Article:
CHARLOTTESVILLE, Va. (AP) — A witness told jurors Thursday that James Alex Fields Jr. appeared calm and "maybe a little bit scared" before he plowed his car into a group of counterprotesters at a white nationalist rally, a crash that killed one woman and injured many other people.
Joshua Matthews was with Fields shortly before the deadly encounter, which came after police forced an end to the event following violent clashes between the two sides. Matthews was the final witness called by defense lawyers as they attempted to convince the jury that Fields was afraid for his life when he drove his Dodge Challenger into the counterprotesters on Aug. 12, 2017.
Both prosecutors and defense attorneys wrapped up their cases Thursday. Closing arguments were expected late that afternoon. Fields did not testify in his own defense.
The confrontations came after hundreds of white nationalists gathered for a "Unite the Right" rally in Charlottesville, Virginia, to protest the planned removal of a statue of Confederate Gen. Robert E. Lee.
Prosecutors say Fields was angry when he aimed his car directly at the counterprotesters and sped into the crowd. Heather Heyer, a 32-year-old paralegal and civil rights activist, was killed and dozens of other counterprotesters were injured.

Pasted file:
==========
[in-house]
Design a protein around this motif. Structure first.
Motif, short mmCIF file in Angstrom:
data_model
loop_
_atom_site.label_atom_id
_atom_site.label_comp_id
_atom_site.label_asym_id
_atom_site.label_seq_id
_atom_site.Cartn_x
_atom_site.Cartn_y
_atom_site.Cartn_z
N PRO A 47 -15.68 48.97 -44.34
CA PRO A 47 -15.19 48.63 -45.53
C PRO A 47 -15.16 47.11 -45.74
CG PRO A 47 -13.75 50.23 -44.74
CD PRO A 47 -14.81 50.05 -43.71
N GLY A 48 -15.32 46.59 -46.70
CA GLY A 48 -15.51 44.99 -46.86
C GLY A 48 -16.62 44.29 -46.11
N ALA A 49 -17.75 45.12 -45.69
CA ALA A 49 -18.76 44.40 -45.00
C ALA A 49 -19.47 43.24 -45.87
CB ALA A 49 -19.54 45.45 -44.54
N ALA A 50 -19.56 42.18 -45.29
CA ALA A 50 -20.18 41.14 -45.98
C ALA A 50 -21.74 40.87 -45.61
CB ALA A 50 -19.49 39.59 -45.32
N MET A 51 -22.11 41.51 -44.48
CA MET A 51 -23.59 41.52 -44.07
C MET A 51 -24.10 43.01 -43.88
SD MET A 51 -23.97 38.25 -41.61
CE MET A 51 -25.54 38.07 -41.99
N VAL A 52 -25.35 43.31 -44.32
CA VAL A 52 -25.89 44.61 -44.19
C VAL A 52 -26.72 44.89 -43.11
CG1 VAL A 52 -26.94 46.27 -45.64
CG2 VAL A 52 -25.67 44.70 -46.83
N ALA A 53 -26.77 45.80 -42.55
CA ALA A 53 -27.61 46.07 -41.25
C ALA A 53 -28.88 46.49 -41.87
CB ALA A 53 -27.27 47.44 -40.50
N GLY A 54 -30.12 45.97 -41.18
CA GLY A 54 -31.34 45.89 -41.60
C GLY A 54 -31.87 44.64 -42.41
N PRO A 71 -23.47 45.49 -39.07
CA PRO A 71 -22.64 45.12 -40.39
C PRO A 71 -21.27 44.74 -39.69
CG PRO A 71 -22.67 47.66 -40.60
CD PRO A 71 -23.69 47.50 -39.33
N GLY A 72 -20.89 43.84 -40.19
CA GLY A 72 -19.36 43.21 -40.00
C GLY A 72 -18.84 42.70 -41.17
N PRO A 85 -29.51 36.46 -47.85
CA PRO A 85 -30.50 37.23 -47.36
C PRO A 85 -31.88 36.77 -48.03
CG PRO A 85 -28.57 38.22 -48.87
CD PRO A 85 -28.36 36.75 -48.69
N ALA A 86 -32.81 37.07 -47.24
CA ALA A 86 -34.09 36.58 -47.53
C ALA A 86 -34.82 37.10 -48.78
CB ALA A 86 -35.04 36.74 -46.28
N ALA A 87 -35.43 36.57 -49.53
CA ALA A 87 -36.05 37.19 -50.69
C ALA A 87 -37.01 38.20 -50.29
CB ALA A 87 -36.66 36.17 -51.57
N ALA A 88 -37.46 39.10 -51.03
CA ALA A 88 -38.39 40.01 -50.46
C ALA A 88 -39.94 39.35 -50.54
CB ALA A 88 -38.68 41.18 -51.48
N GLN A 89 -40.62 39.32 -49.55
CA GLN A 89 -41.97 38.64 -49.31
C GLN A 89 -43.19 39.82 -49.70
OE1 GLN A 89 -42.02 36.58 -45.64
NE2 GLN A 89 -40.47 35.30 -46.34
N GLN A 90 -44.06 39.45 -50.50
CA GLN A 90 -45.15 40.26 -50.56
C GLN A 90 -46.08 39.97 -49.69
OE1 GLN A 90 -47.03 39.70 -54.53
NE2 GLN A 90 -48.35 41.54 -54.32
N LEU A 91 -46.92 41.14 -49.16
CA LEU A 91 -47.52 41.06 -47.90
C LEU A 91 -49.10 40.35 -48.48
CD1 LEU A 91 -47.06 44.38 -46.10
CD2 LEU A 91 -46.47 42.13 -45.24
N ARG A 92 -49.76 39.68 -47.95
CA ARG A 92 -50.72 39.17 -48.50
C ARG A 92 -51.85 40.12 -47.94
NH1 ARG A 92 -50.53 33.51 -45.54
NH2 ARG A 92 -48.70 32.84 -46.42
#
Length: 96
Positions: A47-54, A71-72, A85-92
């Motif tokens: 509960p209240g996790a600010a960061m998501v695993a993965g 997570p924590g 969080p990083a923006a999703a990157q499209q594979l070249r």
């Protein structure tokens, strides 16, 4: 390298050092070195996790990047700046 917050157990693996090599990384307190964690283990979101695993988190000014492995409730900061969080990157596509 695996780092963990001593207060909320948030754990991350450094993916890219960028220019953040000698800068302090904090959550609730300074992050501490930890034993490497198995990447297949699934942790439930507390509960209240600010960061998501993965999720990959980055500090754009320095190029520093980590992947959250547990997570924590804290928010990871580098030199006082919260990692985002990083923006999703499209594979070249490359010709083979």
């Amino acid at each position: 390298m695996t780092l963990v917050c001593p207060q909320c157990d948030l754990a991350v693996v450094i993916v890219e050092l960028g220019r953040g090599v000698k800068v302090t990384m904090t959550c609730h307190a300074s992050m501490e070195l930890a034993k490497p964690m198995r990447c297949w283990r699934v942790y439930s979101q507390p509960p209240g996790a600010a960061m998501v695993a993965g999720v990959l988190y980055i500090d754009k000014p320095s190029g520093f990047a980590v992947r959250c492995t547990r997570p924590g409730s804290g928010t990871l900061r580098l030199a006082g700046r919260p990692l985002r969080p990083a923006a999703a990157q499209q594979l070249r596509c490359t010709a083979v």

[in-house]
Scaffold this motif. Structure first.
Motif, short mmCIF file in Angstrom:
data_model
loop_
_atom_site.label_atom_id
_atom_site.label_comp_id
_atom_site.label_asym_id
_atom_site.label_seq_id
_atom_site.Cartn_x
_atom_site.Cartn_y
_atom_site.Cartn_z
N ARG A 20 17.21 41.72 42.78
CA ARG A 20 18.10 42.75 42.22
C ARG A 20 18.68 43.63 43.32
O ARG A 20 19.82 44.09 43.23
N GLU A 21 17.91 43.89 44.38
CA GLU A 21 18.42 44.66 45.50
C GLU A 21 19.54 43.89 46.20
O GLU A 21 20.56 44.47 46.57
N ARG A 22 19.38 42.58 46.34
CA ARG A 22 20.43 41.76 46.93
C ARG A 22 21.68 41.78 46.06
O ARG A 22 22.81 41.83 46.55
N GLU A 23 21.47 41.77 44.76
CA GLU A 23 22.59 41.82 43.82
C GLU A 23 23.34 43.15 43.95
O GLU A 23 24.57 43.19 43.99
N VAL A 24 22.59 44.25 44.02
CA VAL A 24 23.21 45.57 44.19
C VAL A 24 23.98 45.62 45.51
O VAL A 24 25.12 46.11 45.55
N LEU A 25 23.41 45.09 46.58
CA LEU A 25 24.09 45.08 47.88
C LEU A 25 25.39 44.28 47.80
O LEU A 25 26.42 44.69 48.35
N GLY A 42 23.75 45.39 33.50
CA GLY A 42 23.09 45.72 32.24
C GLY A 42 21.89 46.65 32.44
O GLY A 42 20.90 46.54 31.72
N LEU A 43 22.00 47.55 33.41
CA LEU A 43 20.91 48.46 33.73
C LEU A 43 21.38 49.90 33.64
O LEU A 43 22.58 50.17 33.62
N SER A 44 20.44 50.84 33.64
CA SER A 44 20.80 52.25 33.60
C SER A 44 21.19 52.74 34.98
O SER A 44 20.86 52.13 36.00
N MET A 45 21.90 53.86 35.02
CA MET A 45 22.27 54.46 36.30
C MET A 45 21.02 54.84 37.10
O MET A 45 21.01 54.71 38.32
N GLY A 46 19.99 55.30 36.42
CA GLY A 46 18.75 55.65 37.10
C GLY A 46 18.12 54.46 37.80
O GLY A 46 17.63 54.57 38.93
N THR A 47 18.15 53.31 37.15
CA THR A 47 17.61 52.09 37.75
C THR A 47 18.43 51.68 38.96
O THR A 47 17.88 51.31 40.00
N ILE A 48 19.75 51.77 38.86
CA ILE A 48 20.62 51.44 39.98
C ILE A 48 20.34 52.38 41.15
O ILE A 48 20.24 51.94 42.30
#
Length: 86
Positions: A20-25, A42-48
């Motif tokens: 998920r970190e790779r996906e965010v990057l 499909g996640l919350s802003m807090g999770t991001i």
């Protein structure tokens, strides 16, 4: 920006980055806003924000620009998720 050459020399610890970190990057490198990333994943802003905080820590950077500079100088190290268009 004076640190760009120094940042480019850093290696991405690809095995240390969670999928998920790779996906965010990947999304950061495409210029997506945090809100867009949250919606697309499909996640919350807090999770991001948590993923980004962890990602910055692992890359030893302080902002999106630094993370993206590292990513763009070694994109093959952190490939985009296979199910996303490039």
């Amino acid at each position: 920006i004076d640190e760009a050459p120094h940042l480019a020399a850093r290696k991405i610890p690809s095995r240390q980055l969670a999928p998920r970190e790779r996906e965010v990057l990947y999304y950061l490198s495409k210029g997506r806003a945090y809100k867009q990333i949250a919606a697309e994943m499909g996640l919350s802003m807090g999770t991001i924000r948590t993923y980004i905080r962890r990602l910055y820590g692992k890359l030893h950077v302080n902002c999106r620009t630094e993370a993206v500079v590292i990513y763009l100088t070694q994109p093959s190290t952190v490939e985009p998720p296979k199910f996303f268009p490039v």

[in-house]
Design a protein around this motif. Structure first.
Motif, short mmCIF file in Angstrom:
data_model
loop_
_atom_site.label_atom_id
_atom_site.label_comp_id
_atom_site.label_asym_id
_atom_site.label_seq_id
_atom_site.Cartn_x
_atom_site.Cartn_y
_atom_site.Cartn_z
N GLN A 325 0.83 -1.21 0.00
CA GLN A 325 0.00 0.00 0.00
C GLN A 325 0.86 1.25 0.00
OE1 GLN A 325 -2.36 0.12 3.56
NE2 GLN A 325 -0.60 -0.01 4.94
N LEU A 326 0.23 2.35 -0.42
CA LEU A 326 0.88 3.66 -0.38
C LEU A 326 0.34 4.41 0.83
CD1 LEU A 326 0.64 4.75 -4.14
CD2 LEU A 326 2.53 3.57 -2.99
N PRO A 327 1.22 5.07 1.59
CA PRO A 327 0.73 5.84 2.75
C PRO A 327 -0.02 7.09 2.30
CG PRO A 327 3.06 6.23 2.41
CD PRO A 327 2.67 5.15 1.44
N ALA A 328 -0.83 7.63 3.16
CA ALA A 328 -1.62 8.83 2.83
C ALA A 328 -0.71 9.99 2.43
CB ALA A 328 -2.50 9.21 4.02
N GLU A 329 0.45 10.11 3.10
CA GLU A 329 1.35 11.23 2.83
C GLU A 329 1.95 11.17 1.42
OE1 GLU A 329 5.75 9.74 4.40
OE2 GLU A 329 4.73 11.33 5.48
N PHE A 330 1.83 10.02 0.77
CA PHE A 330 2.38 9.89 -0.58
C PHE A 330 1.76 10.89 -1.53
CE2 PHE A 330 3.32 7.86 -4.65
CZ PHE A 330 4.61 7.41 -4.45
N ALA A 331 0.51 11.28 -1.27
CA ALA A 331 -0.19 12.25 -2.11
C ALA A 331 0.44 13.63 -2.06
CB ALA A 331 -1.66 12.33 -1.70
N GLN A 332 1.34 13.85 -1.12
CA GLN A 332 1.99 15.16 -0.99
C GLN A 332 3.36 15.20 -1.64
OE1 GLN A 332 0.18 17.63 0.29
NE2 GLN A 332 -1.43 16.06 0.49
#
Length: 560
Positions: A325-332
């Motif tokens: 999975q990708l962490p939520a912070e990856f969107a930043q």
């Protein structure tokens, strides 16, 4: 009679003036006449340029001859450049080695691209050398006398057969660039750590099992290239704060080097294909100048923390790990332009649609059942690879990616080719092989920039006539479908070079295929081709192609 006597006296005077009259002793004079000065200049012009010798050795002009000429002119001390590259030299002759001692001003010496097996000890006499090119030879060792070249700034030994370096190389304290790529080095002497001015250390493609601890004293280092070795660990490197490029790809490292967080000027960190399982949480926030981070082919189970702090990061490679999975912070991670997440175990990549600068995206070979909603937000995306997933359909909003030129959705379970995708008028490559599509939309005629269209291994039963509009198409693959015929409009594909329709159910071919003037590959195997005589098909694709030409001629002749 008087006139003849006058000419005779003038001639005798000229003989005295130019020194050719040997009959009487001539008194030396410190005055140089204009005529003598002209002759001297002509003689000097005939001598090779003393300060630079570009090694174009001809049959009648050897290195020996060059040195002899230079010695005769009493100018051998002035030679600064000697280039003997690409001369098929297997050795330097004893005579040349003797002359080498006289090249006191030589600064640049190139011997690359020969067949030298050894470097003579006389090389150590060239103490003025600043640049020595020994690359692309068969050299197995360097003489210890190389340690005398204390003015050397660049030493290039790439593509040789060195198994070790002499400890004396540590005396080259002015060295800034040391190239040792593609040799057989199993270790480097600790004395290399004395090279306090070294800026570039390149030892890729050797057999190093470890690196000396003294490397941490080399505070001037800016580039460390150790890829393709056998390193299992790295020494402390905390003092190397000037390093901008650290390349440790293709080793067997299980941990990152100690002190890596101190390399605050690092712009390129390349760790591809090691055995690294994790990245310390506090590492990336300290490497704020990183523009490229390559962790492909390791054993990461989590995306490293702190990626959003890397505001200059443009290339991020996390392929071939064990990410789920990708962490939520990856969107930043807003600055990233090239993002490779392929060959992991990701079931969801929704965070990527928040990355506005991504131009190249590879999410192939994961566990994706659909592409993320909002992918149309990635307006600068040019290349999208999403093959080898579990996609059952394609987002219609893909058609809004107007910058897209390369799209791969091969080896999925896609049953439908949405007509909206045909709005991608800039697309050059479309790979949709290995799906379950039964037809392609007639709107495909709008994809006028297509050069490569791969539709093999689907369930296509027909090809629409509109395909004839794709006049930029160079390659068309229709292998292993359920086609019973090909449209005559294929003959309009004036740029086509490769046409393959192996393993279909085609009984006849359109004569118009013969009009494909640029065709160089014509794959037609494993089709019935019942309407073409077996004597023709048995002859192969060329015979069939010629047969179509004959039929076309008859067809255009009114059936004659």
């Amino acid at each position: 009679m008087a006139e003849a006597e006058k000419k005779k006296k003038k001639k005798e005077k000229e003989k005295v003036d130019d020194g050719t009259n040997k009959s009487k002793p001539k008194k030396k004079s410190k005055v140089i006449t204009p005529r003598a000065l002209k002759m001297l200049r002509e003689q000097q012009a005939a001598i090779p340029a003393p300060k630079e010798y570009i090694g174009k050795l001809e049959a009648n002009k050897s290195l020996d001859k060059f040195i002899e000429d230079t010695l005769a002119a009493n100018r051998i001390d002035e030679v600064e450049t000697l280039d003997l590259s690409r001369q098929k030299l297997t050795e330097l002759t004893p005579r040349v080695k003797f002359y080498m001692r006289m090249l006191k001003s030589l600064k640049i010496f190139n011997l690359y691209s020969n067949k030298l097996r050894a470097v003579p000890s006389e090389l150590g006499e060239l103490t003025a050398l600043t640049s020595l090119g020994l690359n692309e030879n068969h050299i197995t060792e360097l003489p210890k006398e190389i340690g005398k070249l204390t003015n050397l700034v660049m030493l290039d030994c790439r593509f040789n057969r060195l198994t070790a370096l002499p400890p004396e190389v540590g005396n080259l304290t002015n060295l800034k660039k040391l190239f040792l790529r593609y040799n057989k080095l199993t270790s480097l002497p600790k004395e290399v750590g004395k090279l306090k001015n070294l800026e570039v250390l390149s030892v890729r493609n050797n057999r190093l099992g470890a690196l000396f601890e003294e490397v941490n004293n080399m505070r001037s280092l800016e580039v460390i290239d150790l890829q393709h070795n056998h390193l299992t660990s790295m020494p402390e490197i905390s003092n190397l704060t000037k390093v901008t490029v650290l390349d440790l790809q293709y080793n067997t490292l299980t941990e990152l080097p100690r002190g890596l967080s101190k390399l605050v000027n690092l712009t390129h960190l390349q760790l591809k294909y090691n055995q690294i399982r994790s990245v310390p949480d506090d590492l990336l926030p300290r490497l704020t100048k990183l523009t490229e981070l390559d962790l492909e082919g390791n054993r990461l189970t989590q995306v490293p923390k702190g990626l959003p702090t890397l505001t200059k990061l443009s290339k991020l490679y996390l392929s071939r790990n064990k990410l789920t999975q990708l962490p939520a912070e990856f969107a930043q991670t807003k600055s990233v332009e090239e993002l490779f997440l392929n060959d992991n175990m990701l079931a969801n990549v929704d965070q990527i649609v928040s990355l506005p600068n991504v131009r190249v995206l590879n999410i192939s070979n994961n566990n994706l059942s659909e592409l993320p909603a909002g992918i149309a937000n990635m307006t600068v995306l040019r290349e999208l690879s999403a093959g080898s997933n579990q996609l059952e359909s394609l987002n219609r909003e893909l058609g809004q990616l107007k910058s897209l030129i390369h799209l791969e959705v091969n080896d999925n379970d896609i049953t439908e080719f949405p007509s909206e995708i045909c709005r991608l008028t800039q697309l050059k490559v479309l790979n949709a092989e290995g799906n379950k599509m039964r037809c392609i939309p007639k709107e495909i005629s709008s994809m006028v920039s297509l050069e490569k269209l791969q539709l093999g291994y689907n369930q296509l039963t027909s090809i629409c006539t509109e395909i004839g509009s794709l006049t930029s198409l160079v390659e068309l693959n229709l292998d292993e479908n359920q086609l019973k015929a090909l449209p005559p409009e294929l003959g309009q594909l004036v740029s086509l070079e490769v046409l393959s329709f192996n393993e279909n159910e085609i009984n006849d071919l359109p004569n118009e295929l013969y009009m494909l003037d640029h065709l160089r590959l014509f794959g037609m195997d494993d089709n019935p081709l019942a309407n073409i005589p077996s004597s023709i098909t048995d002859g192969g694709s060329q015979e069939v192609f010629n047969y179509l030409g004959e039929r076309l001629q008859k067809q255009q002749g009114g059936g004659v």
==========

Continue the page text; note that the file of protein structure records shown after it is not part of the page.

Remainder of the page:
Matthews said he met Fields in a Charlottesville park where white nationalists had gathered. After police declared an "unlawful assembly," Fields, Matthews and two other people decided to walk together "as it would probably be more safe," Matthews said.
He said while they were walking, a group of "antifas" — short for anti-fascists — yelled at them. He said Fields yelled something back, although he said he couldn't remember what Fields said.
The defense also called to the stand a left-wing defense group member who claimed in an earlier social media post that he had scared Fields away from a park where counterprotesters had gathered about an hour before Fields plowed his car into the crowd.
Dwayne Dixon testified that he saw a gray "muscle car" drive by several times. He said he yelled "Get the (expletive) out of here" at the car while wearing his gun slung over his shoulder. He testified that he could not see the driver because the car had tinted windows. Dixon has claimed previously that he used his gun to scare off a man he believes was Fields.
Dixon said he believes that was about 30 minutes to an hour before Fields slammed into the group with his car.
Prosecutors called a Charlottesville police detective as a rebuttal witness in an attempt to cast doubt on Dixon's account.
The detective said geolocation data from Fields' phone indicates his car was in the vicinity of the park only once, about four minutes before Fields struck counterprotesters in a different location.